Did you remember to wear sunscreen today?
Enjoying a sunny day without proper sun protection can result in more than just a sunburn. Skin cancer is now the most common cancer in the country, according to the Canadian Cancer Society. Over 5,000 new cases are being diagnosed in Canada each year, resulting in more than 900 deaths. Even moderate sun exposure without proper protection has been shown to increase a personís risk, and so has a severe sunburn, using indoor tanning beds, or repeated exposure to x-rays or radium.
Darryl Oble is no stranger to diagnosing skin problems. An assistant professor in the pathology department in the Faculty of Medicine, and a dermatopathologist at the Health Sciences Centre, his clinical practice is focused on all aspects of skin disease. His specialty of dermatopathology, or pathology of the skin, is complex. With an estimated 1,500 different diagnoses that need to be contemplated while reviewing skin biopsies, an in depth understanding of skin disease is essential, and acquired through subspecialist fellowship training.
Out of this myriad of diseases, Oble believes that the diagnoses of melanoma is arguably the most challenging task in dermatopathology. Not only are the stakes very high, as this deadly disease often affects people in the prime of their life, but melanoma can also be very subtle to recognize. Furthermore, numerous benign lesions can mimic melanoma. Given that melanoma is increasing in frequency, Oble concedes that this problem requires more public health awareness as well as more up to date tools to better diagnose the disease and to reduce the number of false positive and false negative diagnoses.
Obleís lab is attempting to bring such tools to Manitobans by validating a new technology which has already been shown to increase the diagnostic accuracy of difficult pigmented lesions of the skin. This research, funded by a grant from Diagnostic Services of Manitoba, focuses on fluorescent in situ hybridization (FISH). Chromosome-binding fluorescent probes visualized under the microscope help detect common mutations known to occur in melanoma, thereby revealing the so-called genetic "signature" or "bar-code" of this disease.
"By having these tools, pathologists can conduct this analysis in house rather than sending it elsewhere," he says. "The process will be less expensive for tax-payers, give faster results for the patients, and develop the local expertise needed to perform this kind of sophisticated testing. This will have widespread benefits for Manitoba research and clinical care."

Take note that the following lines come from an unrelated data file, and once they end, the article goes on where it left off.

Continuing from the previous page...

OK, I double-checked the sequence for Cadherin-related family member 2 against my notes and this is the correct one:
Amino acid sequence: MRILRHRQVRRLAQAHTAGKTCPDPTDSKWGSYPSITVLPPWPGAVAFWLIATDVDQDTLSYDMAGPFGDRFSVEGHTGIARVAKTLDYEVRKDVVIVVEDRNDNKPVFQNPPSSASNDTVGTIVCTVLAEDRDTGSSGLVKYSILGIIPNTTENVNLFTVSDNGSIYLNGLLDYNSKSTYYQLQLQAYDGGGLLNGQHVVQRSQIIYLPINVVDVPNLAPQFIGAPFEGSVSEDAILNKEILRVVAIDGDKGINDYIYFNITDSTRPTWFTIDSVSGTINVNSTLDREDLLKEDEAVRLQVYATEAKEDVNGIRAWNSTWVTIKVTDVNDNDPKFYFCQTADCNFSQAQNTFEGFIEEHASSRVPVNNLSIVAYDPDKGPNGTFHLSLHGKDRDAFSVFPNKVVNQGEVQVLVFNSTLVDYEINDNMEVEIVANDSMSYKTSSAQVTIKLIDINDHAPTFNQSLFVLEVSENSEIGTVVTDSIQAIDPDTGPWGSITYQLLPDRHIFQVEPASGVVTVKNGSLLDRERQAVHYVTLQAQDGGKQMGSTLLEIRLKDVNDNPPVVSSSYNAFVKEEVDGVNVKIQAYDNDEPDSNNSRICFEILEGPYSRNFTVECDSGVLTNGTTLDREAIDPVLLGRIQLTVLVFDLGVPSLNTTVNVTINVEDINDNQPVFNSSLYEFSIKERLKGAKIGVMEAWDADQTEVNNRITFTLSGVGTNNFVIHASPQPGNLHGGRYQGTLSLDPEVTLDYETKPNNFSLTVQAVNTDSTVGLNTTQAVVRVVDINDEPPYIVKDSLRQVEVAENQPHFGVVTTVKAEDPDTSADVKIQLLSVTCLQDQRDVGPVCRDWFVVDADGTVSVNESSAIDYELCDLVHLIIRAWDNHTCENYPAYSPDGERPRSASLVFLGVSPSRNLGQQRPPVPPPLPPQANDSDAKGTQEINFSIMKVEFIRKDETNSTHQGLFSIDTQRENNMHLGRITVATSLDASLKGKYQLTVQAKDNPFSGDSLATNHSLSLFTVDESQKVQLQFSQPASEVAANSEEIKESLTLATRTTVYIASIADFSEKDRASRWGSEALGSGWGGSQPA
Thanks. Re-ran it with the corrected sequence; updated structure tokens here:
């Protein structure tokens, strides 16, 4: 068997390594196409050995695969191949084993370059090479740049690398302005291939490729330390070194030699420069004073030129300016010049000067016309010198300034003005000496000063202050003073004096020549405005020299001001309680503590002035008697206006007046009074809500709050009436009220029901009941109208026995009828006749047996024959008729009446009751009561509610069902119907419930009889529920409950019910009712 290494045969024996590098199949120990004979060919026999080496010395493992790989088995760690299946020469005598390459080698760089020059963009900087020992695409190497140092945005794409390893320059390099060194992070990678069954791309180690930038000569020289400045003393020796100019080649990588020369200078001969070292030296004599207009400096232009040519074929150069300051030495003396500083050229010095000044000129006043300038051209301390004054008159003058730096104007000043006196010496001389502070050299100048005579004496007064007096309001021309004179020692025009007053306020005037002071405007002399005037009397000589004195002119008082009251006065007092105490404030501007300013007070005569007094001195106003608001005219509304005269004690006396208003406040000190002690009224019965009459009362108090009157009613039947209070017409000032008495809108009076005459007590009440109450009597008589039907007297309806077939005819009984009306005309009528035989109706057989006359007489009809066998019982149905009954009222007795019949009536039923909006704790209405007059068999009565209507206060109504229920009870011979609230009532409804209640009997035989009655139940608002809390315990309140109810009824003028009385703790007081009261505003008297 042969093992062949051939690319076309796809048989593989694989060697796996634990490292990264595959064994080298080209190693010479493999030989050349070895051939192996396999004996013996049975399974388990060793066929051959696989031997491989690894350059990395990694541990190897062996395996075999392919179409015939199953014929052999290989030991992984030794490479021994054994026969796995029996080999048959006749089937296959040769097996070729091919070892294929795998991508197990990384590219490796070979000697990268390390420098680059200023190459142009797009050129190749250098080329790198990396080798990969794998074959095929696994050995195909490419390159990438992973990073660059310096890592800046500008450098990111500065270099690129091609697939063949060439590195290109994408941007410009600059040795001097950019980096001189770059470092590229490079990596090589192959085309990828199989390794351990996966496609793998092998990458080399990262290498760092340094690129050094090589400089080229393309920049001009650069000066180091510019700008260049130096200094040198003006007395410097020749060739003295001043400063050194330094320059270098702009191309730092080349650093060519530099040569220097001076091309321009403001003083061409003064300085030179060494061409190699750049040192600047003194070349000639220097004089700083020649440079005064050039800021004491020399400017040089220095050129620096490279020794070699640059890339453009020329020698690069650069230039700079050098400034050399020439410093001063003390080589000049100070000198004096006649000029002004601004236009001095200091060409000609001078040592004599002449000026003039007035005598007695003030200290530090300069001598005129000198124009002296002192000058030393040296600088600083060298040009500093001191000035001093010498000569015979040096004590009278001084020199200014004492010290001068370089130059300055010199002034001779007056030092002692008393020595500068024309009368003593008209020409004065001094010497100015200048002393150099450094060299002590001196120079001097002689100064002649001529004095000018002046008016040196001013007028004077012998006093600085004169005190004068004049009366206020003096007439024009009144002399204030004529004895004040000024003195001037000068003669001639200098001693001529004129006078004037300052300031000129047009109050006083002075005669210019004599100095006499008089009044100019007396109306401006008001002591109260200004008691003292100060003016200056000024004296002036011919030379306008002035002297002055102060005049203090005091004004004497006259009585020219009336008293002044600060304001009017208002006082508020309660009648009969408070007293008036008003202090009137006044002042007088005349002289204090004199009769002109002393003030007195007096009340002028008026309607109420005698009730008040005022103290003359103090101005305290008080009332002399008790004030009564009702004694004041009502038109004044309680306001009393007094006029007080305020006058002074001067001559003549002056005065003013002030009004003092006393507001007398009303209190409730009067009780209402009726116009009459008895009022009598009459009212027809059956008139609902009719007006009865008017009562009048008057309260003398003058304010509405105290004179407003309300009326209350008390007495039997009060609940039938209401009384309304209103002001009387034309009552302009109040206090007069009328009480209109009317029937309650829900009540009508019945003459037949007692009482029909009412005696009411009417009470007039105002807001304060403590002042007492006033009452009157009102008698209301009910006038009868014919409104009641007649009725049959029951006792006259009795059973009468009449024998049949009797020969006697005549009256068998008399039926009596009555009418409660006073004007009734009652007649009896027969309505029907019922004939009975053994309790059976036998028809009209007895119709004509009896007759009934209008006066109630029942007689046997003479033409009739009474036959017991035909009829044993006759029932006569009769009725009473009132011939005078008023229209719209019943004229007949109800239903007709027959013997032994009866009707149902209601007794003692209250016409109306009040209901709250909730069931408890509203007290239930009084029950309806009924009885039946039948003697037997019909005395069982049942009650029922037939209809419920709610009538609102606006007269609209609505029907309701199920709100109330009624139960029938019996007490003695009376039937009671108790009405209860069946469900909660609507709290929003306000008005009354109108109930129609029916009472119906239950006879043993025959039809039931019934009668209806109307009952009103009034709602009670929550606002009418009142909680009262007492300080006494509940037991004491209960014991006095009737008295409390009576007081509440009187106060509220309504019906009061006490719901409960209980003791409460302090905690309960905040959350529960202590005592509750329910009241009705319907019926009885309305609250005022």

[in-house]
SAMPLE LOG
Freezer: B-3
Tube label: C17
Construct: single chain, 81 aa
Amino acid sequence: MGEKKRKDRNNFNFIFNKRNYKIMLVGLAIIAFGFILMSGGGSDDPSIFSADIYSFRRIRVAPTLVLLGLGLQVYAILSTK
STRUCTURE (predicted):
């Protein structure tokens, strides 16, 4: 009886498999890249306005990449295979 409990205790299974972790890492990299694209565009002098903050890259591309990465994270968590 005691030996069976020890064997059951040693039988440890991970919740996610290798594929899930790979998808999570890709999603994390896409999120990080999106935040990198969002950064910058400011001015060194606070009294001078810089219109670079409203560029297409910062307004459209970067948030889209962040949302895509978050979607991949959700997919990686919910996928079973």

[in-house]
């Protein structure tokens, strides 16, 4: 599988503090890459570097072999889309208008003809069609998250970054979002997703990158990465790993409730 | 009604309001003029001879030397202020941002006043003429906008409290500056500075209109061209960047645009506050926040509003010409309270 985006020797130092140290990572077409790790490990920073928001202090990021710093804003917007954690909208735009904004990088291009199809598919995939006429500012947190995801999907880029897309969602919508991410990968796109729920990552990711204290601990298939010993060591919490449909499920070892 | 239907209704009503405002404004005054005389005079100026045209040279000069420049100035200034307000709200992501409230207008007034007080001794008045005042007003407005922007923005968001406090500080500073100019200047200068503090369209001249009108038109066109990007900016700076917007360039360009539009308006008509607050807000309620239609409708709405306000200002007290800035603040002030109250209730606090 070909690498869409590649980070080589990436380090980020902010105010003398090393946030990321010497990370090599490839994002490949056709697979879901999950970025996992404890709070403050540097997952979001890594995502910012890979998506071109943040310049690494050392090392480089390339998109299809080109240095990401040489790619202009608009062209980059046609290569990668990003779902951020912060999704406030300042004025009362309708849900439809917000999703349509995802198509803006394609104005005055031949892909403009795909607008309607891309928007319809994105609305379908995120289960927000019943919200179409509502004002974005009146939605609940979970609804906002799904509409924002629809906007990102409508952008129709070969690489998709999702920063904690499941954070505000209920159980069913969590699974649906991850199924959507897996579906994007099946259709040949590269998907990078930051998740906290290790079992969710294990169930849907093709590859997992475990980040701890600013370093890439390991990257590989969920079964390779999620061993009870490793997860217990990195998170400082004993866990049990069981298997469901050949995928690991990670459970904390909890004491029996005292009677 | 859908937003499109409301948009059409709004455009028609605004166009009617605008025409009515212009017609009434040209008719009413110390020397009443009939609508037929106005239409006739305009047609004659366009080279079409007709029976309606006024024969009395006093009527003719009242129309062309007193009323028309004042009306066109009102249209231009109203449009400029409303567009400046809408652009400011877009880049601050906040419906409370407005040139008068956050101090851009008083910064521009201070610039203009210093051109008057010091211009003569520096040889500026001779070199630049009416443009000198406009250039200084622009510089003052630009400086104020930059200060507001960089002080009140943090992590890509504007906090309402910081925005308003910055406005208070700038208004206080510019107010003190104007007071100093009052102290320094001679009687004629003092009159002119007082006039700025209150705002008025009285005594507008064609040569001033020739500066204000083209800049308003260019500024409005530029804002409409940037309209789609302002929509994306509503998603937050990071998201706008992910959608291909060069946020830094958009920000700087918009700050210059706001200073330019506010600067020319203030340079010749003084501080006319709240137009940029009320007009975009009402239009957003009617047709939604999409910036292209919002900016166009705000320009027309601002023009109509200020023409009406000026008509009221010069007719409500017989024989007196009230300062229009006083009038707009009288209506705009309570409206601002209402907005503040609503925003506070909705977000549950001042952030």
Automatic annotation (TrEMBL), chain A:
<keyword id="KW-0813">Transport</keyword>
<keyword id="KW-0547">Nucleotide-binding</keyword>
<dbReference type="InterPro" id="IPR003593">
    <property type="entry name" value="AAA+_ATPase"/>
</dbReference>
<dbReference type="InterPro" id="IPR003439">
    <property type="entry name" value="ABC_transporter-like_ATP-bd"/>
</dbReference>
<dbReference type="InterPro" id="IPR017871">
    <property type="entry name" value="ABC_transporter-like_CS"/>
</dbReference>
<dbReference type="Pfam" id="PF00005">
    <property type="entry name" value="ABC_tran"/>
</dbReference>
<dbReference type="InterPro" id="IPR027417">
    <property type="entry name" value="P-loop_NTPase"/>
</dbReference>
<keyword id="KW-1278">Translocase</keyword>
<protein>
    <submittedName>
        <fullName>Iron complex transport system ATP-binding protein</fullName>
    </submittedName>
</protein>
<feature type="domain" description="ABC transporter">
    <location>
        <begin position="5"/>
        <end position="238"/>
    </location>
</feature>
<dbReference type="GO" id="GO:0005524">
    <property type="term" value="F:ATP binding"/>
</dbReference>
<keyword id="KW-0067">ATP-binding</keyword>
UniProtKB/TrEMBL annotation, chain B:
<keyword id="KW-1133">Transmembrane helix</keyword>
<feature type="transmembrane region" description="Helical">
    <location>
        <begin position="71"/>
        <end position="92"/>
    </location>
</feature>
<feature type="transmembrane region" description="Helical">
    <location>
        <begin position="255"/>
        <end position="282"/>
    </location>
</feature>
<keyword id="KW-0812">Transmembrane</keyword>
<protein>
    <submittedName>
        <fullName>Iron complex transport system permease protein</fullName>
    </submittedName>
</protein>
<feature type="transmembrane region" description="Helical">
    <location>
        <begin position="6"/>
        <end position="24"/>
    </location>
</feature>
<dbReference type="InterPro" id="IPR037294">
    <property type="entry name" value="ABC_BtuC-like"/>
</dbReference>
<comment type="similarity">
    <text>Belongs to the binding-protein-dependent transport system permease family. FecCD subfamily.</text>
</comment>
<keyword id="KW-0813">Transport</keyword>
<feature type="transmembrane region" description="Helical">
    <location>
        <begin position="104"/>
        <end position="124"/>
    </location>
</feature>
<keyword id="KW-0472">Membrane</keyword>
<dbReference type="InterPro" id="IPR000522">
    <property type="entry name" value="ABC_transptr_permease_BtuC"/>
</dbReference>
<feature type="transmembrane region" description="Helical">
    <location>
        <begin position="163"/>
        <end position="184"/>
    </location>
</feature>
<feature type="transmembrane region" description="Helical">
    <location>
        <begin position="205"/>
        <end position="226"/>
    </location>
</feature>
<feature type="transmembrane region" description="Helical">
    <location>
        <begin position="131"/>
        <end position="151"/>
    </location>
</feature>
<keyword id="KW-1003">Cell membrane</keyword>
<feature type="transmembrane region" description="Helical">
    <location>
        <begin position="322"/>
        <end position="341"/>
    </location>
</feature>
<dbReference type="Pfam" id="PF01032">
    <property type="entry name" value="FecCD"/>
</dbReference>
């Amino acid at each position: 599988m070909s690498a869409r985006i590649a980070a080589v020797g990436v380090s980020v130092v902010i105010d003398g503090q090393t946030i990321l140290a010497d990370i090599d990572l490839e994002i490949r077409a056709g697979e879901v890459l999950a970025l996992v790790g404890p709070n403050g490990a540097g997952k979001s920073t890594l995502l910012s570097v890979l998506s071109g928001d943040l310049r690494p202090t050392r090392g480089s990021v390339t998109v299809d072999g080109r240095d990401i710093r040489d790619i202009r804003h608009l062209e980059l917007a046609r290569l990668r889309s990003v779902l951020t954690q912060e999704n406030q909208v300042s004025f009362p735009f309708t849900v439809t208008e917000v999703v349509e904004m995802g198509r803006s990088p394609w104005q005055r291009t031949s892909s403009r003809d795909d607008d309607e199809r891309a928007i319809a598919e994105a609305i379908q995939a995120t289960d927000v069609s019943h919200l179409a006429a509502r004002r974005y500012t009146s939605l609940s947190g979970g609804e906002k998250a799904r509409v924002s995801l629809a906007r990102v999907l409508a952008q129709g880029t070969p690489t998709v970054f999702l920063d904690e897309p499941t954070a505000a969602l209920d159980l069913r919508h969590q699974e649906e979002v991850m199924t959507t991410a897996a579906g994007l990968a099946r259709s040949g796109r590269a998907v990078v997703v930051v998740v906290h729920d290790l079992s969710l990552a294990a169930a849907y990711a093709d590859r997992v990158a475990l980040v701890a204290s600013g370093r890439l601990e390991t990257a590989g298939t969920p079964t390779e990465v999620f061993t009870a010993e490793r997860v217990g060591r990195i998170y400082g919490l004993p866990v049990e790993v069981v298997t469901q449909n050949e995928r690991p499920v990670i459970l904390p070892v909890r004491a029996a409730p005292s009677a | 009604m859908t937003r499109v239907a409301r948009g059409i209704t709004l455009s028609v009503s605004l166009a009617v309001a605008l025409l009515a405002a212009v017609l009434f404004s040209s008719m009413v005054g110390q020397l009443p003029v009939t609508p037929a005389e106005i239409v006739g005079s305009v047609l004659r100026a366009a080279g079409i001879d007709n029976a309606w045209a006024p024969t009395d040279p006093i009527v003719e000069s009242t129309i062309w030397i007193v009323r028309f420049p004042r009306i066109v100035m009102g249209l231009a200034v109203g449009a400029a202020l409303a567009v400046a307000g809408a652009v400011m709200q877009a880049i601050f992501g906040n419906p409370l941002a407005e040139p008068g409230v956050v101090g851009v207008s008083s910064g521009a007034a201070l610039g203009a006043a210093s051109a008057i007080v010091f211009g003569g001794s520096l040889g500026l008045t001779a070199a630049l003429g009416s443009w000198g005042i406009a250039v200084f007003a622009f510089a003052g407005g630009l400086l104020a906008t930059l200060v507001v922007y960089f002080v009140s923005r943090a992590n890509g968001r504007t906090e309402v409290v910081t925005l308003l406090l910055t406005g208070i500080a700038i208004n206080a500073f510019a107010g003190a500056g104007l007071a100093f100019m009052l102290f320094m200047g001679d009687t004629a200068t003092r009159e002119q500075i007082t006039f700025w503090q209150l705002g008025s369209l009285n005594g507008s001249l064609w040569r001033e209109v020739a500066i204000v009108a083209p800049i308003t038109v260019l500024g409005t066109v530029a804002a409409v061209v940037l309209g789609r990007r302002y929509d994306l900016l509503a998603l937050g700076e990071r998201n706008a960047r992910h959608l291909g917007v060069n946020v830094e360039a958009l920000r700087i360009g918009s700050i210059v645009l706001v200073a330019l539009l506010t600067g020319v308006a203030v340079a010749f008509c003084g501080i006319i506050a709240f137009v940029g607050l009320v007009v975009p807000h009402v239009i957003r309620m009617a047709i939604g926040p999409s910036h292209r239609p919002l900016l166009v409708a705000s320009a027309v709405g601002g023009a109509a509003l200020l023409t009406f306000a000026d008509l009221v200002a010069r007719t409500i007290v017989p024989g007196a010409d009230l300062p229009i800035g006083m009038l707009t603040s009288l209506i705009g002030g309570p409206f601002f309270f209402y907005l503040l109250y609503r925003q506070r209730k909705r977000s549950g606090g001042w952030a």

Oble also has an interest in the study of blood cancers that primarily involve the skin (cutaneous lymphomas) for which no common genetic pattern has been recognized. Diagnosis is again notoriously difficult, often requiring multiple biopsies performed over a period of years. Oble hopes that the techniques utilized for melanoma FISH testing may eventually be applied to this blood cancer research, and hopefully aid in the routine clinical diagnoses of these cancers as well.
In addition, Oble is collaborating with colleagues at CancerCare Manitoba including Ralph Wong, assistant professor of internal medicine, and dermatologist Marnie Wiseman. Their work involves the study of various novel therapies for metastatic malignant melanoma, the treatment of which has been largely unchanged for decades and minimally successful. Some of these therapies attempt to modulate the immune systemís response to melanoma while other strategies involve a "personalized" approach that relies upon the detection of specific mutations. The identification of specific genetic mutations can indicate which chemotherapy protocol a patient may respond best to.
The Oble lab is also studying other elements of skin disease including certain inflammatory skin diseases, for which they recently received funding from the Dr. Paul H.T. Thorlakson Foundation Fund as the top ranked proposal in their research category.
Oble explains, "When immune cells are no longer in the correct balance, individuals develop disorganized immune responses that lead to immunopathology," commonly referred to as autoimmune disease - a category of immunologically-mediated diseases that includes Type 1 diabetes, inflammatory bowel disease, psoriasis, multiple sclerosis, lupus, and numerous others.
Oble says this research will lead to a better understanding of immunobiology enabling the development of specific pharmaceutical agents that can modulate the immune response. Such biological agents have already proven to be effective in cancer therapy, such as with melanoma, as well as for numerous autoimmune diseases.
Oble believes that "supporting these research endeavors and embracing the resultant technology will strengthen our provinceís reputation as a world class research environment and lead to more successful patient care for Manitobans."